If you have small grains planted on your farm this year, harvesttime will be here before you know it. But the grain harvest is just the beginning. Many farmers put small grains back into the rotation so they can plant pretty much any cover crop they want and reap its full potential. Planting them in August is the only surefire way to get a thick stand of sorghum-sudangrass for winter grazing, some nitrogen fixation from the legumes, and those giant turnip and radish tubers that you only ever see in magazines.
To be sure, there are many benefits of having cover crops between corn and soybean crops that make them a no-brainer: controlling erosion, binding up free nutrients and suppressing some weeds in soybeans. But to unlock the benefits of cover crops that have made them famous — building organic matter, breaking up compaction and producing biological nitrogen — you have to find a way to get more growth on them.
Soaking up the sun
Jon Bakehouse of Hastings agrees: “It allows us to plant whatever we want for cover crops after small-grain harvest. That’s actually what got me interested in small grains initially.”
If the small grains are planted in a field he can get cattle in, he’ll graze it. “That’s how you can really get your soil biology rocking,” he says. But for fields he can’t get the cows in, Bakehouse is after a diversity of roots.
“The main thing we start with is cover crops you can’t plant in October or November,” he says, or those that perform much better when planted earlier. “Like radishes, turnips, other brassicas that have an aggressive taproot that likes to be planted in the middle of summer. We like rapeseed really well because when you plant it in July or August, the chance of it overwintering is pretty high, if that’s what you want.”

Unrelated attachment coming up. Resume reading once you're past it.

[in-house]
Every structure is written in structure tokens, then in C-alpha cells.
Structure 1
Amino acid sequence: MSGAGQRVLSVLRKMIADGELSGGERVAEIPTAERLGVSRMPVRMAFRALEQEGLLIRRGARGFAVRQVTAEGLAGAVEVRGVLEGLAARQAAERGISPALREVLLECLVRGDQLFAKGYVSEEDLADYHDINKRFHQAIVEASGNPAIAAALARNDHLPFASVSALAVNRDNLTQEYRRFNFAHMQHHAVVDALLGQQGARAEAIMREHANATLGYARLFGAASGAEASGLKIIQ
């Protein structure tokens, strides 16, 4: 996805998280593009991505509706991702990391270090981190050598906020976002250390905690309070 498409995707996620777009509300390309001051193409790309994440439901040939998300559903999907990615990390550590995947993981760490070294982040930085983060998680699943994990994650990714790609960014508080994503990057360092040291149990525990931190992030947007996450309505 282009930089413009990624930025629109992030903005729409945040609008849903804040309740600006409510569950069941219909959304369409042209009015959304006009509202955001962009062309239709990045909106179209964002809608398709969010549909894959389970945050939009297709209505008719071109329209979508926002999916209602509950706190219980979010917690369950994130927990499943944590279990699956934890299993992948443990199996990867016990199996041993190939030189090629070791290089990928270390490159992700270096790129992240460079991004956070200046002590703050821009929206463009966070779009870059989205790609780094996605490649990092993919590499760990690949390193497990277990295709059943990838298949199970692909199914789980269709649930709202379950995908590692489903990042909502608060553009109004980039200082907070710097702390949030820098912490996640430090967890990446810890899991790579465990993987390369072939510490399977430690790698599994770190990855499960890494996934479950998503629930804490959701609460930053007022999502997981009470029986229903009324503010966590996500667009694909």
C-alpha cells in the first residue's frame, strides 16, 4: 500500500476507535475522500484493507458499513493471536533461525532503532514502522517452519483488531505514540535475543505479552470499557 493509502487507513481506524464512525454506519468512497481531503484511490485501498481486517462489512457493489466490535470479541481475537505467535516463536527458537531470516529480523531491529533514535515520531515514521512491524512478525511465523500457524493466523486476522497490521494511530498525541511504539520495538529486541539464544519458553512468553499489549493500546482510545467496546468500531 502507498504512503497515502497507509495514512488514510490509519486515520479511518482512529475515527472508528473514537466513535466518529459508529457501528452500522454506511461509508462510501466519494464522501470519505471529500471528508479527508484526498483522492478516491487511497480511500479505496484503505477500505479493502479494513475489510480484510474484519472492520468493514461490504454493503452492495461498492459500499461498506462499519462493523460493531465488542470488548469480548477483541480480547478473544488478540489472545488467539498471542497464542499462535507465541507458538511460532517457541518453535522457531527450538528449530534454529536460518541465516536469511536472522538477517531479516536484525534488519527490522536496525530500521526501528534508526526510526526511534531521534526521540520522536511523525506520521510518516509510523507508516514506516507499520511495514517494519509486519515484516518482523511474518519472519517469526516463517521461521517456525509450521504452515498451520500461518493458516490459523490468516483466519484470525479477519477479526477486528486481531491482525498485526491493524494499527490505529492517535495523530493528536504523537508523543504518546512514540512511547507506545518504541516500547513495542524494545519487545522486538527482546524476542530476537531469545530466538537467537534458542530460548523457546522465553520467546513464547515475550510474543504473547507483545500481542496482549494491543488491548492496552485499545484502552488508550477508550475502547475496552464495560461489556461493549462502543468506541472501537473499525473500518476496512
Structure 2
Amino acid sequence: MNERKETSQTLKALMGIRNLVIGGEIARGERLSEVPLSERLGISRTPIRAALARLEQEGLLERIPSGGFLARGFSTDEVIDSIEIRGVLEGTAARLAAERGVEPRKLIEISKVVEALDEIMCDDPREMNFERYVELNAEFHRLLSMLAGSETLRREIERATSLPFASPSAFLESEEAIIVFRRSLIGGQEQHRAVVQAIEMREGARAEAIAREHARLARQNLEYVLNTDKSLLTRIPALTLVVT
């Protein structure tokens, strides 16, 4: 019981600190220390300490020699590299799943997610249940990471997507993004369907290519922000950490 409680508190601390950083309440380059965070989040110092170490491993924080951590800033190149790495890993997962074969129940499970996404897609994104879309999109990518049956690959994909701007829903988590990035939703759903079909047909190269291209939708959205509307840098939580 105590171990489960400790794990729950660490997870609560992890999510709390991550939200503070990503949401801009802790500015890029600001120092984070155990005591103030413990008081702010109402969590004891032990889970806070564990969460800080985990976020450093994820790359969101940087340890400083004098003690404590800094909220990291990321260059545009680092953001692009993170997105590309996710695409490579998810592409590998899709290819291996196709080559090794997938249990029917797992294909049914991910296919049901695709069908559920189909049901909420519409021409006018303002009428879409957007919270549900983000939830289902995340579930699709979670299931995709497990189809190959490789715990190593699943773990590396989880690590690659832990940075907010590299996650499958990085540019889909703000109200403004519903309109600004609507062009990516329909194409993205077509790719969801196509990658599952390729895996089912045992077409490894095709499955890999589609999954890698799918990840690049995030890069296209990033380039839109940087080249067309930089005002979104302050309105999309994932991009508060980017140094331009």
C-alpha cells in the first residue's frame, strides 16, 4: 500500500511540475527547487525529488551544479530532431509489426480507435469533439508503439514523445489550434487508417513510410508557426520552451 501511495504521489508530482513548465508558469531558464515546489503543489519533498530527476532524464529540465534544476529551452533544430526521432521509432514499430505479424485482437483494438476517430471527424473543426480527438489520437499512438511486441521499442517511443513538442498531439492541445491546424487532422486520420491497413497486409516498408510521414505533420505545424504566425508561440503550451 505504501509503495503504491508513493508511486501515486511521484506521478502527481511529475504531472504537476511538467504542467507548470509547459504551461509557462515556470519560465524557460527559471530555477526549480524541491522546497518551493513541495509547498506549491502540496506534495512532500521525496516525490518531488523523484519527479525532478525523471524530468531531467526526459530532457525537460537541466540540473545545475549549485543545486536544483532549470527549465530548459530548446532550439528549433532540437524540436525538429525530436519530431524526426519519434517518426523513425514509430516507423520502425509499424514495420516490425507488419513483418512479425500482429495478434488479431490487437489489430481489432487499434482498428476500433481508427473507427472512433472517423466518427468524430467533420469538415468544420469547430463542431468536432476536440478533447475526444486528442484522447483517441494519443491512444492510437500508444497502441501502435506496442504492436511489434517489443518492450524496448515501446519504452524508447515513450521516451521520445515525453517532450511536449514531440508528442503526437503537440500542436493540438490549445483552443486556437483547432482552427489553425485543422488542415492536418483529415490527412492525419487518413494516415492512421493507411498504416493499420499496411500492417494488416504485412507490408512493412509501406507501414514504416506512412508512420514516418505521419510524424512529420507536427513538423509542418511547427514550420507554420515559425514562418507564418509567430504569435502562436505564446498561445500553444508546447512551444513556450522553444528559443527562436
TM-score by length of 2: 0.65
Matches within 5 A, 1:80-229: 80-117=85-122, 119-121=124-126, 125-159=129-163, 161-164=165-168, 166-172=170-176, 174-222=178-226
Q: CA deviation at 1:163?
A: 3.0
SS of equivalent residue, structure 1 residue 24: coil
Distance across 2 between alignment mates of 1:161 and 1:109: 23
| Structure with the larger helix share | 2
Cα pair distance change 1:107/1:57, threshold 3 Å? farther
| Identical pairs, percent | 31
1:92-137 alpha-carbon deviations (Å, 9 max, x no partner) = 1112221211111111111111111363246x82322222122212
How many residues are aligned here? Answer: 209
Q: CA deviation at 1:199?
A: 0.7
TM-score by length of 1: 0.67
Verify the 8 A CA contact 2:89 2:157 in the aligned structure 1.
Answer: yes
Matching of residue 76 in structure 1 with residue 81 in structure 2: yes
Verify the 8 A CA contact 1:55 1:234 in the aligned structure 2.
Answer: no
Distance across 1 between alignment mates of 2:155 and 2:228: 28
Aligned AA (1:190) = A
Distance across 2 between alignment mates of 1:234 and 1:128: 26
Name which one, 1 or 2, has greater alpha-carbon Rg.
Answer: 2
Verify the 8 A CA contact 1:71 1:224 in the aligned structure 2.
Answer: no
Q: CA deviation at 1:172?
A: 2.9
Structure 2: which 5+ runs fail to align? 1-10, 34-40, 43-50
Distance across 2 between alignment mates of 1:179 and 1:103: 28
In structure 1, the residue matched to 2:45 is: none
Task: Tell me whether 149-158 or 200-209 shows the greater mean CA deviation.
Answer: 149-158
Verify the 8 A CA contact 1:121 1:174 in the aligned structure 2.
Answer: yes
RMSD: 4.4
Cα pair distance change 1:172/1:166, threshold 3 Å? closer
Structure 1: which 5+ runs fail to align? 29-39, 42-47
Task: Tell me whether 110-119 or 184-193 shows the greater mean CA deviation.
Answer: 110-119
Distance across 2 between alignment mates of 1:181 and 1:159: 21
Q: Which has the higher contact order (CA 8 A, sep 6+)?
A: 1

Rapeseed, a generic (and much cheaper) version of canola, has an extensive root structure good for reaching new soil. This characteristic is important to Bakehouse. He says the deeper-rooted plants give channels for water to be able to infiltrate into, so intense rainfall can soak in instead of run off.
“The main goal — our five- to 10-year goal — is to increase water and nutrient-holding capacity of soil, and give our soil biology something to eat, something to function on for as many months out of the year as possible,” says Bakehouse.
The way to do this is to build soil organic matter. Planting a cover crop in July or August allows plants to accumulate a lot of biomass to create organic matter. Also, legumes and brassicas need more heat units than other cover crops, like rye, to be effective, and the number of heat units remaining in Iowa declines dramatically throughout September.
Summer mix vs. clover underseeding
But is a summer-seeded multispecies cover crop mix the best option for your small-grain field? There are two main ways you can go. For many farmers who raise organic grain, the “cover crop” — a clover or alfalfa underseeding — is already planted and growing when the small grains come off.
Get more INSIGHT: Download Cover Crops: Best Management Practices now!
Farmers who don’t grow alfalfa often underseed red clover at the same time as planting a spring small grain like oats. Or they overseed the clover into an existing winter cereal grain like rye. When the crop is harvested, the clover takes off and has the rest of the year to fix nitrogen for the following corn crop.